BUENOS AIRES (REUTERS) - Agriculture ministers from the Group of 20 (G-20) countries said on Saturday (July 28) they were concerned about the increasing use of protectionist non-tariff trade measures inconsistent with World Trade Organisation (WTO) rules.
The ministers from countries including the United States and China, in Buenos Aires for the G-20 meeting of agriculture ministers, said in a joint statement they had affirmed their commitment not to adopt "unnecessary obstacles" to trade, and affirmed their rights and obligations under WTO agreements.
The meeting came amid rising trade tensions that have rocked agricultural markets.
China and other top US trade partners have placed retaliatory tariffs on American farmers after the Trump administration put duties on Chinese goods as well as steel and aluminum from the European Union, Canada and Mexico.
"We had a very frank discussion about the fact that we don't want unilateral protectionist measures," German Agriculture Minister Julia Klockner said in a press conference after the meeting.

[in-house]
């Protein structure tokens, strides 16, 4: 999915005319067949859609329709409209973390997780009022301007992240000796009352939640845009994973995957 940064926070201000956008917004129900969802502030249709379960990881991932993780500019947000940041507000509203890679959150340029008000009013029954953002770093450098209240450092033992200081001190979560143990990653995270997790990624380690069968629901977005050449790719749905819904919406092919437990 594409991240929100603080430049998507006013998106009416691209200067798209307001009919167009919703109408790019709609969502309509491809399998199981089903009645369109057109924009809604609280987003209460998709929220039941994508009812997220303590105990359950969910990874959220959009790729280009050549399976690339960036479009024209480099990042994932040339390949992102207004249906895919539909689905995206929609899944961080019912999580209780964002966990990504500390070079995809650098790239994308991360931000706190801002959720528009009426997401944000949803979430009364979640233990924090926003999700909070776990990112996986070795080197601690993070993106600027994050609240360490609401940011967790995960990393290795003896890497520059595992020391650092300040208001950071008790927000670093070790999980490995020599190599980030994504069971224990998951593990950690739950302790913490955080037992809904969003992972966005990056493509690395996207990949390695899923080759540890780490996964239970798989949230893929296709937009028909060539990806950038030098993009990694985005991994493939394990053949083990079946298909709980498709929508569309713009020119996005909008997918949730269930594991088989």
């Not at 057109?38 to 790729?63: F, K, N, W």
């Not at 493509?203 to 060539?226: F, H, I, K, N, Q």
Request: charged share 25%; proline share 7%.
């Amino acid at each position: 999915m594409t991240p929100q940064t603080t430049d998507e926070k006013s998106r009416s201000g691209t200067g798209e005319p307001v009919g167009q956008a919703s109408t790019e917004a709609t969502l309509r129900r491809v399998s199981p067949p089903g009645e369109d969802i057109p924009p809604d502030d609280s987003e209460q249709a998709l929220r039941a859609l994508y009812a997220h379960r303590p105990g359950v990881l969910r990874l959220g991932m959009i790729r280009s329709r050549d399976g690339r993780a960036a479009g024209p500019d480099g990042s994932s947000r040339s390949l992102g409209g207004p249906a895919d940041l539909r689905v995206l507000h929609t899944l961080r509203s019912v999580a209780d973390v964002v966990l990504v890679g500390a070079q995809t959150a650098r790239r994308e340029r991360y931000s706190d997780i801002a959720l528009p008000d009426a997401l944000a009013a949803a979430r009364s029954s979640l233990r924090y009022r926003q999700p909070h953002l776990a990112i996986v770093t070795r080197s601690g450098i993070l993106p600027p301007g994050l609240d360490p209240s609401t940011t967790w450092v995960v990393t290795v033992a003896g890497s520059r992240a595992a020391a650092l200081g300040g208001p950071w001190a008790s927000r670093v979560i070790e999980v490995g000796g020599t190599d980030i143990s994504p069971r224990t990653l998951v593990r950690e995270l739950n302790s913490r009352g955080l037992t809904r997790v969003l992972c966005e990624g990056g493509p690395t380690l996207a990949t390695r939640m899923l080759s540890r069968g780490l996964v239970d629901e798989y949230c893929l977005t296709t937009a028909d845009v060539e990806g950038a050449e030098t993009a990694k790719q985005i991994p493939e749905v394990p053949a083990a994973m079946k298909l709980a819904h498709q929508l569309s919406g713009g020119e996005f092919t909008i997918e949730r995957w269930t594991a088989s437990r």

Last week, the Trump administration said it would pay up to US$12 billion (S$16.3 billion) to help US farmers weather the trade war.
President Donald Trump and the chief of the European Commission struck a surprise deal on Wednesday that ended the risk of further escalating trade tensions between the two powers.
The ministers, whose countries represent 60 per cent of the world's agricultural land and 80 per cent of food and agricultural commodities trade, did not specify which measures they were referring to in the statement.
Asked for details, Klockner said the ministers did not want to "criticise a single country."
"We all know what happens if a single person or country doesn't adhere to WTO rules, trying to get a benefit for themselves through protectionism," she said.
"This will usually lead to retaliatory tariffs."
In the statement, the ministers said they agreed to continue reforming the WTO's agricultural trade rules.
"Independent of all the news there was surrounding (the meeting), we managed to reach a unanimous consensus," Argentine Agriculture Minister Luis Miguel Etchevehere said.
After the meeting with European Commission President Jean-Claude Juncker last week, Trump said the European Union would buy "a lot" of US soybeans.
Earlier, Klockner told Reuters that the trade relationship between the United States and the European Union was improving, but there was no guarantee the bloc would import the quantity of soybeans that Washington expects.